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Discussion Starter · #1 ·
New to this forum and also to bikes, but not to carbs or wrenches.

After enjoying a few great beers last year, a cousin mentioned that a '73 CB350 had been sitting in a basement, unloved, for 20 years. I thought nothing of it until I popped my ACL this spring. No skiing and no golf meant that I had a hole to fill, and with my oldest son coming back home (and having no experience of the joys of wrenches, and gas - but definitely having a good grasp on beer) I figured it was my destiny to restore the bike with him.

So here I am. I have about 90 pics taken so far, and if I can figure how to download them to this log I will do so. In the meantime, I am down to taking the carbs off, and I can't believe that what I just did is correct...but the left carb is off....

I am impressed with the knowledge of readers, having read other logs, so all comments will be appreciated.

aha...this might be a start with this pic. It's not where I am, but it is where I hope to be going
 

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Discussion Starter · #2 ·
So, given that I figured out the pic thing, here is a picture of the carb with its collar attached. I have to believe that there is an easier way to pull the carb rather than take out the two screws that hold it to the intake side of the head.

Any suggestions?
 

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Welcome to the site.
Nice picture gives you something to aim for.
All the information you could possibly wish for (and some you didn't want to know) is available here.
good luck
 

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You should be able to pull the carbs without taking the intake boot off. I've never needed to take them off. Did you have both clamps removed? Meaning the clamp on the intake boot and one on the air filter side. Looking at the picture, looks like the intake boot clamp is still on.
 

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Discussion Starter · #6 ·
Thanks, folks. I will certainly appreciate the help as I strip the bike in prep to sand blast the frame.

The intake boot clamp was still on it, HerrDeacon. I removed the clamp after detaching the boot and carb from the head. The boot will twist, but doesn't seem to want to separate now. Perhaps I just need more force on it.

The next tricky step seems to be disconnecting the clutch cable. I unhooked it at the hand grip to give me some wiggle room, and am taking the cover off now.
 

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Yes, those two are different lengths, but both should be available at your local hardware store if any of them get stripped out. Be sure to use anti-seize when putting everything back together. If you ever tear into the engine, or if you get a bee in your bonnet, it might be helpful to replace those with a stainless steel alan bolt set. Less likely to stick or strip.

Be sure to find the shop manual for that thing. It's here somewhere.

Good luck on the bike.
 

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Discussion Starter · #8 ·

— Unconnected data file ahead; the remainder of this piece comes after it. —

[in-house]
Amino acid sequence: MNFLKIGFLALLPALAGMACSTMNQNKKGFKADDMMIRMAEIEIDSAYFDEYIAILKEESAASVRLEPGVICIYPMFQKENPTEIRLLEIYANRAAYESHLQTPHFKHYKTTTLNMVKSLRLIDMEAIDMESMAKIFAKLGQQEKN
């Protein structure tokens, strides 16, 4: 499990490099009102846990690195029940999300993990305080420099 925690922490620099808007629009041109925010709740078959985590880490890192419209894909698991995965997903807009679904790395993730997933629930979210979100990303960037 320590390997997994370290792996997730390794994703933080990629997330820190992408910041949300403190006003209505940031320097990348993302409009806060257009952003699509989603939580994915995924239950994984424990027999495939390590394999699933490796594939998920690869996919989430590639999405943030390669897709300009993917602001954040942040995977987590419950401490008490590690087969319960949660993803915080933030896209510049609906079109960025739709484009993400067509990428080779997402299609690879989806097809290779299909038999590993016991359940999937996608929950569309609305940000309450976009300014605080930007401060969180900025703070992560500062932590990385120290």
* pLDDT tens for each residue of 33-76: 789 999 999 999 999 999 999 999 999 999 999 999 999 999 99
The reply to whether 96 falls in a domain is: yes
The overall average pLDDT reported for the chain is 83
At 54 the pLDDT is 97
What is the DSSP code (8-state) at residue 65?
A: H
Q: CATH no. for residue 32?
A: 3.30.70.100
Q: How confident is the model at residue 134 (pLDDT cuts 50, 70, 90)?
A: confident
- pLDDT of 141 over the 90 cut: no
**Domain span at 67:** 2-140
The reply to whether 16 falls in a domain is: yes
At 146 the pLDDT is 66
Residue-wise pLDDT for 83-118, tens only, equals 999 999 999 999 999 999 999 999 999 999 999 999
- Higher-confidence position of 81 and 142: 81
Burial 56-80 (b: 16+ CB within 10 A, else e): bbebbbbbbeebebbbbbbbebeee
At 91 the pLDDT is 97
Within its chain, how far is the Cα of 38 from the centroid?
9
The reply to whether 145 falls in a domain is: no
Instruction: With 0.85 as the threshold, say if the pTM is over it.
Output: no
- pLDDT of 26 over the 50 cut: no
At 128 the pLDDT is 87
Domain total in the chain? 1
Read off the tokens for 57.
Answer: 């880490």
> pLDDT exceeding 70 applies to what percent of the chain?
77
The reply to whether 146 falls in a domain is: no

Thanks for the anti-seize tip, Indie. I was talking with the fellow at the hardware store about it, and discussing whether to use LockTite or anti-seize. I think brake and engine components will be anti-seize.

I did find the manual via this site before starting. Good thing, too, because I am not sure if I'd have noticed the right frame component being lower than the left - and hence the side to pull the engine out on. Even then, and despite my best intention to make it as easy as possible, I ended up having to manhandle the engine out. The top of the head was touching the bottom of the cross brace, the starter was nudging the frame front and the engine had not cleared the rear brackets. I had to rock it and twist it as each nut on the head cleared..whew!
 

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Discussion Starter · #9 ·
Down to pulling the rear wheel, the front assembly, and lastly the swing arm off. This rear axle is not coming quietly, however, and you can see my smithing hammer there. First time that I have resorted to it on this bike. Anyone know a smarter way to remove the rear axle?
 

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On my CB350 K3 the rear axle took a little coaxing to get out. On the parts bike I am using, it took some brute force with a hammer. On the tear down, I coated almost everything in penetrating oil over and over again. Doesn't matter if it gets everywhere, as you will want to clean when its apart anyway. I see you have something through the other side of axle- I did the same, using a screwdriver stuck through the hole to twist between hits. Make sure there is no weight on the wheel itself. I put mine on the center stand and put a piece of wood under the wheel to make sure that it wouldn't drop when the axle came out. Usually the best thing to do is tap lightly and twist- if you are experiencing a lot of resistance/it won't budge, check to make sure nothing is in the way (ie the rear axle nut pin, some other part, lots of dirt, grime, etc), and keep trying. If its like mine, it resists a lot in the first couple of inches, but then practically slides out.
If you don't have one, get an impact driver (the hand held kind that you hammer on, I got mine at O'reilly auto store). It will save you a lot of time and stripped screws. A small propane torch may also be useful. Both are very cheap.
Good luck
-Mike
 

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also, in terms of removing and installing the engine, I take the top left four nuts off when installing and leave them off until I get the engine back in the frame. The extra centimeter of clearance makes a huge difference, especially when you're doing it yourself.